Valid Islamic Response
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auspices of the University of Florida two professors have worked on a book
titled Christian Muslim Encounters (1995). In this regard a questionnaire was
sent to Maulana Wahiduddin Khan. We reproduce here these questions and answers
published in this book:
we have considered main features of the needed for an understanding
of the views of a select number of Muslim personalities living in the Republic
of India. We now turn to an examination of those views. The overall question
put to the respondents interviewed for this study was: "In which ways do
select Indian Muslim thinkers conceive of an Islamically valid Muslim
participation in the (political) life of the Republic of India (Bharat)?"
To this were added five more specific questions:
1. Do you agree that the situation of the
Muslim community in India (Bharat) where they participate as a numerical minority
in a "sovereign, socialist secular democratic republic," is new in
the annals of history? New, in that in this constellation the Muslims as such
are neither rulers (Hakim) nor ruled (mahkum)?
2. If this is so, the need seems to arise
for Muslims to develop an Islamic response, or, if you prefer, an Islamically
valid rationale and justification for the Muslim community to live in Bharat as
co-citizens. Short of such a valid rationale, there would seem to be possible
for them only a mere de facto acceptance of the new situation, going together
with inner discontent arising from an ideological contradiction perceived as
3. In which way will the teaching of Islam
be presented and the elaboration and application of the shari"ah be conducted
so as to give legitimacy and meaning to the new situation of Muslims in
post-partition of India?
4. Which particular elements in the
foundational sources (Qur’an and Hadith) and the foundational model (sira of
the Prophet) and which, possibly new, ways of understanding them would come
into play in such an Islamic response (on the ideological level)?
5. Which modifications in the traditional
understanding(s) of the shari"ah and usul al-fiqh would seem to be justified
and advisable in the elaboration of an adequate Islamic response to the new
Indian Muslim situation?
Wahiduddin Khan is the leader of the Al-Risala movement, the editor of a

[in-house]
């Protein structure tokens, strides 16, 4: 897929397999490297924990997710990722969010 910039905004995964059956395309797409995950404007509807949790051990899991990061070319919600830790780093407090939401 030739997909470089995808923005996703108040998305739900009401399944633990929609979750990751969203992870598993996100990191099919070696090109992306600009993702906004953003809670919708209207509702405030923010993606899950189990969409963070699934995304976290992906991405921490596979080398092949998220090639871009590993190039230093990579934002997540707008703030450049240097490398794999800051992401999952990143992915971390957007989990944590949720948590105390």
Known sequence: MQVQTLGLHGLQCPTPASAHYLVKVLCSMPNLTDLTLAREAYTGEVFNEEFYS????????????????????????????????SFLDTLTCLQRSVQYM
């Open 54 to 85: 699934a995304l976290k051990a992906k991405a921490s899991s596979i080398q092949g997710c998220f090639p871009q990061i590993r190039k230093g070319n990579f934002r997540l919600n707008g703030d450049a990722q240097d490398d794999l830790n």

monthly of the same name, and author of numerous books. His response (August
1987) to question 1 immediately marks his position as distinctly different from
that of Nadwi: "Islam is not the name of a culture or of a political
structure. Islam is the name of a personal action. And the opportunity to
practice Islam is the name of a personal action. And the opportunity to
practice Islam personally remains the same in all situations, irrespective of
whether Islam is politically in power or not."
leads him to state that India is neither dar al-Islam nor dar al-Harb but
rather dar al-d"awah. "This means that Muslims, while establishing faith
on a personal level, should, in equal measure, participate in the worldly
matters of the country, just like their fellow-countrymen of other creeds.
Furthermore, the presentation of their faith should be carried out peacefully.
Permission to do so has been granted to us by the UN Charter of Human Rights as
well as by the Indian constitution."
regard to question 3 he comments: "The fact that the rights of different
communities are accepted by the constitution of India is perfectly in
consonance with Islam. As far as community matters are concerned, judgements
should be based on the law of the country. So far as personal life is
concerned, judgements should be based on Muslim personal law."
to question 4 he takes up a sentiment expressed earlier by ulama belonging to
or being close to the Jamµiyyat al-Ulama’: "In the present context, I feel
that Muslims must look for basic guidance in those teachings of the Qur’an
which were revealed to the Prophet during the thirteen-year period he spent in
Mecca—more than half his prophethood. The Prophet immigrated to Medina where he
lived for ten years until his death, but it is the Meccan period which has the
greater relevance to the prevailing situation in India. That is the period,
therefore, which should serve as a model to Indian Muslims."
tasks of legal construction, Wahiduddin remarks that in his view the Salafi
school of jurisprudence is, in principle, most relevant to the present-day
situation in India since it "enshrines Islamic commands directly taken
from the Qur’an and Hadith where Hanafi fiqh was compiled basically to meet the
needs of the ruling period of Islam."